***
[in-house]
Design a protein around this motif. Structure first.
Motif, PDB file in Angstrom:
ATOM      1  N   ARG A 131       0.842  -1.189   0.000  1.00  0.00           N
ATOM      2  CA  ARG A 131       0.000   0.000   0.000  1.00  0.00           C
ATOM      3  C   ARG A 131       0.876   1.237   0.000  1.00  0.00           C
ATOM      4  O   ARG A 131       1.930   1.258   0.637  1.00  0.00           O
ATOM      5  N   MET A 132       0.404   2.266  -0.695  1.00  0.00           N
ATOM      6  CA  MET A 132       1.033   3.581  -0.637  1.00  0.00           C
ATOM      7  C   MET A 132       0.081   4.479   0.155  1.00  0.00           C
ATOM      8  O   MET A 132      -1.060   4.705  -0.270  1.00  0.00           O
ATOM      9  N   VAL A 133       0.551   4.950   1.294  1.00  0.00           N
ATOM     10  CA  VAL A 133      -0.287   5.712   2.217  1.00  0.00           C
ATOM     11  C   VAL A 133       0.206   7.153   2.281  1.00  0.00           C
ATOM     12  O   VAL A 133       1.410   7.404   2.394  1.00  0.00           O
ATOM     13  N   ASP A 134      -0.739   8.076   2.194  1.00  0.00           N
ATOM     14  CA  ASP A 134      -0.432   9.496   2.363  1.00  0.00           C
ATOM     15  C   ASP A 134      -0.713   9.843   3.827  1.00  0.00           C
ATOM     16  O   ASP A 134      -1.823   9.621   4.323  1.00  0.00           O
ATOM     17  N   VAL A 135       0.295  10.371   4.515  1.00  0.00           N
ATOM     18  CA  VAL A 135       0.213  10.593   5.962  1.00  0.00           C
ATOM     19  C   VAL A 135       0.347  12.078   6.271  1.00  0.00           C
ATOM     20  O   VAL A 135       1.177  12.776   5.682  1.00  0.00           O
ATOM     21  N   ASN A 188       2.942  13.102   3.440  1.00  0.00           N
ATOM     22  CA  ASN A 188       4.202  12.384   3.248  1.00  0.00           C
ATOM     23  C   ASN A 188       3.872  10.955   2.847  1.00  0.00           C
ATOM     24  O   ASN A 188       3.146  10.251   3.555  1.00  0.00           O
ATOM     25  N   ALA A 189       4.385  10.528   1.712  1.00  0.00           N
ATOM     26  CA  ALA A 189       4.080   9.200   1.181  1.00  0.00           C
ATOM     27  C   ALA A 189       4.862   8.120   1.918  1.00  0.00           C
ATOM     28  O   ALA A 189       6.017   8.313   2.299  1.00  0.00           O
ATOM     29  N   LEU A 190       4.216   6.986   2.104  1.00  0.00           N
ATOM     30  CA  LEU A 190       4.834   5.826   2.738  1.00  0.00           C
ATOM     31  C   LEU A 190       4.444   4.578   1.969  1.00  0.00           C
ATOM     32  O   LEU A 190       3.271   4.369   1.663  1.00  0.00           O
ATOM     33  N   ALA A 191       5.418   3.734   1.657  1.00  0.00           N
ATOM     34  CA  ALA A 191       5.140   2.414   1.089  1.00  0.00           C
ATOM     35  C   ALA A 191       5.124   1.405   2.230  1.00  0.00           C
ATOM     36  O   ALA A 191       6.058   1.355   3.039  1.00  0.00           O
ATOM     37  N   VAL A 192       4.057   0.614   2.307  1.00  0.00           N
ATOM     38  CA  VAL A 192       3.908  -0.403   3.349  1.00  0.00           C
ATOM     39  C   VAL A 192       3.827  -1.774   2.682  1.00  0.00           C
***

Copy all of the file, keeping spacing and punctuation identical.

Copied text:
[in-house]
Design a protein around this motif. Structure first.
Motif, PDB file in Angstrom:
ATOM      1  N   ARG A 131       0.842  -1.189   0.000  1.00  0.00           N
ATOM      2  CA  ARG A 131       0.000   0.000   0.000  1.00  0.00           C
ATOM      3  C   ARG A 131       0.876   1.237   0.000  1.00  0.00           C
ATOM      4  O   ARG A 131       1.930   1.258   0.637  1.00  0.00           O
ATOM      5  N   MET A 132       0.404   2.266  -0.695  1.00  0.00           N
ATOM      6  CA  MET A 132       1.033   3.581  -0.637  1.00  0.00           C
ATOM      7  C   MET A 132       0.081   4.479   0.155  1.00  0.00           C
ATOM      8  O   MET A 132      -1.060   4.705  -0.270  1.00  0.00           O
ATOM      9  N   VAL A 133       0.551   4.950   1.294  1.00  0.00           N
ATOM     10  CA  VAL A 133      -0.287   5.712   2.217  1.00  0.00           C
ATOM     11  C   VAL A 133       0.206   7.153   2.281  1.00  0.00           C
ATOM     12  O   VAL A 133       1.410   7.404   2.394  1.00  0.00           O
ATOM     13  N   ASP A 134      -0.739   8.076   2.194  1.00  0.00           N
ATOM     14  CA  ASP A 134      -0.432   9.496   2.363  1.00  0.00           C
ATOM     15  C   ASP A 134      -0.713   9.843   3.827  1.00  0.00           C
ATOM     16  O   ASP A 134      -1.823   9.621   4.323  1.00  0.00           O
ATOM     17  N   VAL A 135       0.295  10.371   4.515  1.00  0.00           N
ATOM     18  CA  VAL A 135       0.213  10.593   5.962  1.00  0.00           C
ATOM     19  C   VAL A 135       0.347  12.078   6.271  1.00  0.00           C
ATOM     20  O   VAL A 135       1.177  12.776   5.682  1.00  0.00           O
ATOM     21  N   ASN A 188       2.942  13.102   3.440  1.00  0.00           N
ATOM     22  CA  ASN A 188       4.202  12.384   3.248  1.00  0.00           C
ATOM     23  C   ASN A 188       3.872  10.955   2.847  1.00  0.00           C
ATOM     24  O   ASN A 188       3.146  10.251   3.555  1.00  0.00           O
ATOM     25  N   ALA A 189       4.385  10.528   1.712  1.00  0.00           N
ATOM     26  CA  ALA A 189       4.080   9.200   1.181  1.00  0.00           C
ATOM     27  C   ALA A 189       4.862   8.120   1.918  1.00  0.00           C
ATOM     28  O   ALA A 189       6.017   8.313   2.299  1.00  0.00           O
ATOM     29  N   LEU A 190       4.216   6.986   2.104  1.00  0.00           N
ATOM     30  CA  LEU A 190       4.834   5.826   2.738  1.00  0.00           C
ATOM     31  C   LEU A 190       4.444   4.578   1.969  1.00  0.00           C
ATOM     32  O   LEU A 190       3.271   4.369   1.663  1.00  0.00           O
ATOM     33  N   ALA A 191       5.418   3.734   1.657  1.00  0.00           N
ATOM     34  CA  ALA A 191       5.140   2.414   1.089  1.00  0.00           C
ATOM     35  C   ALA A 191       5.124   1.405   2.230  1.00  0.00           C
ATOM     36  O   ALA A 191       6.058   1.355   3.039  1.00  0.00           O
ATOM     37  N   VAL A 192       4.057   0.614   2.307  1.00  0.00           N
ATOM     38  CA  VAL A 192       3.908  -0.403   3.349  1.00  0.00           C
ATOM     39  C   VAL A 192       3.827  -1.774   2.682  1.00  0.00           C